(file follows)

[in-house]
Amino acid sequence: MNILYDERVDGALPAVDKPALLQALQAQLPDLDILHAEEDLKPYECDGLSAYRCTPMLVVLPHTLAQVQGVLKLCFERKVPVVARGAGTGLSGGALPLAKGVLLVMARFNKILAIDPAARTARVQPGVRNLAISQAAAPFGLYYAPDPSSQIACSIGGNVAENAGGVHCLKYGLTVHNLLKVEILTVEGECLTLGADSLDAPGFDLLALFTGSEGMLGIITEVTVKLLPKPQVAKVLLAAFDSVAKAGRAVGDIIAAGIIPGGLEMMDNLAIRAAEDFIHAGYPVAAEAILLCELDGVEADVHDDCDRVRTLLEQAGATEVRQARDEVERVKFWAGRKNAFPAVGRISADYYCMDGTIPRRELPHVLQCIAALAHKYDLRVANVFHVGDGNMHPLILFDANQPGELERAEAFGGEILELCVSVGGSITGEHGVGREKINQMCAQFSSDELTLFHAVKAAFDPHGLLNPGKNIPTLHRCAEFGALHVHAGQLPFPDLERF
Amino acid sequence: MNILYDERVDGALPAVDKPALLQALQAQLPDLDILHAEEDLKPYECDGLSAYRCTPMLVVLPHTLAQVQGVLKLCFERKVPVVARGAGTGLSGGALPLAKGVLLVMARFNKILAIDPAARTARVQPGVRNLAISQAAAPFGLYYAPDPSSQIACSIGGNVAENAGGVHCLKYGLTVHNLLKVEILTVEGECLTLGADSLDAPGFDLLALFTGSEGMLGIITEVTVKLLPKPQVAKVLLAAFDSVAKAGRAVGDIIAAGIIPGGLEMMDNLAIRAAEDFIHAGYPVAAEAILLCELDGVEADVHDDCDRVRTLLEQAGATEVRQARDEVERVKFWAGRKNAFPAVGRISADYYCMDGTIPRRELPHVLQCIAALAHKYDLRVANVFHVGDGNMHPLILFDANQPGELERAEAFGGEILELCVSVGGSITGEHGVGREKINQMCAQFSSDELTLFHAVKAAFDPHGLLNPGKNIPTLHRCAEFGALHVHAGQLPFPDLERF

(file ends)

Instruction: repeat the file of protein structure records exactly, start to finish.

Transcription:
[in-house]
Amino acid sequence: MNILYDERVDGALPAVDKPALLQALQAQLPDLDILHAEEDLKPYECDGLSAYRCTPMLVVLPHTLAQVQGVLKLCFERKVPVVARGAGTGLSGGALPLAKGVLLVMARFNKILAIDPAARTARVQPGVRNLAISQAAAPFGLYYAPDPSSQIACSIGGNVAENAGGVHCLKYGLTVHNLLKVEILTVEGECLTLGADSLDAPGFDLLALFTGSEGMLGIITEVTVKLLPKPQVAKVLLAAFDSVAKAGRAVGDIIAAGIIPGGLEMMDNLAIRAAEDFIHAGYPVAAEAILLCELDGVEADVHDDCDRVRTLLEQAGATEVRQARDEVERVKFWAGRKNAFPAVGRISADYYCMDGTIPRRELPHVLQCIAALAHKYDLRVANVFHVGDGNMHPLILFDANQPGELERAEAFGGEILELCVSVGGSITGEHGVGREKINQMCAQFSSDELTLFHAVKAAFDPHGLLNPGKNIPTLHRCAEFGALHVHAGQLPFPDLERF
Amino acid sequence: MNILYDERVDGALPAVDKPALLQALQAQLPDLDILHAEEDLKPYECDGLSAYRCTPMLVVLPHTLAQVQGVLKLCFERKVPVVARGAGTGLSGGALPLAKGVLLVMARFNKILAIDPAARTARVQPGVRNLAISQAAAPFGLYYAPDPSSQIACSIGGNVAENAGGVHCLKYGLTVHNLLKVEILTVEGECLTLGADSLDAPGFDLLALFTGSEGMLGIITEVTVKLLPKPQVAKVLLAAFDSVAKAGRAVGDIIAAGIIPGGLEMMDNLAIRAAEDFIHAGYPVAAEAILLCELDGVEADVHDDCDRVRTLLEQAGATEVRQARDEVERVKFWAGRKNAFPAVGRISADYYCMDGTIPRRELPHVLQCIAALAHKYDLRVANVFHVGDGNMHPLILFDANQPGELERAEAFGGEILELCVSVGGSITGEHGVGREKINQMCAQFSSDELTLFHAVKAAFDPHGLLNPGKNIPTLHRCAEFGALHVHAGQLPFPDLERF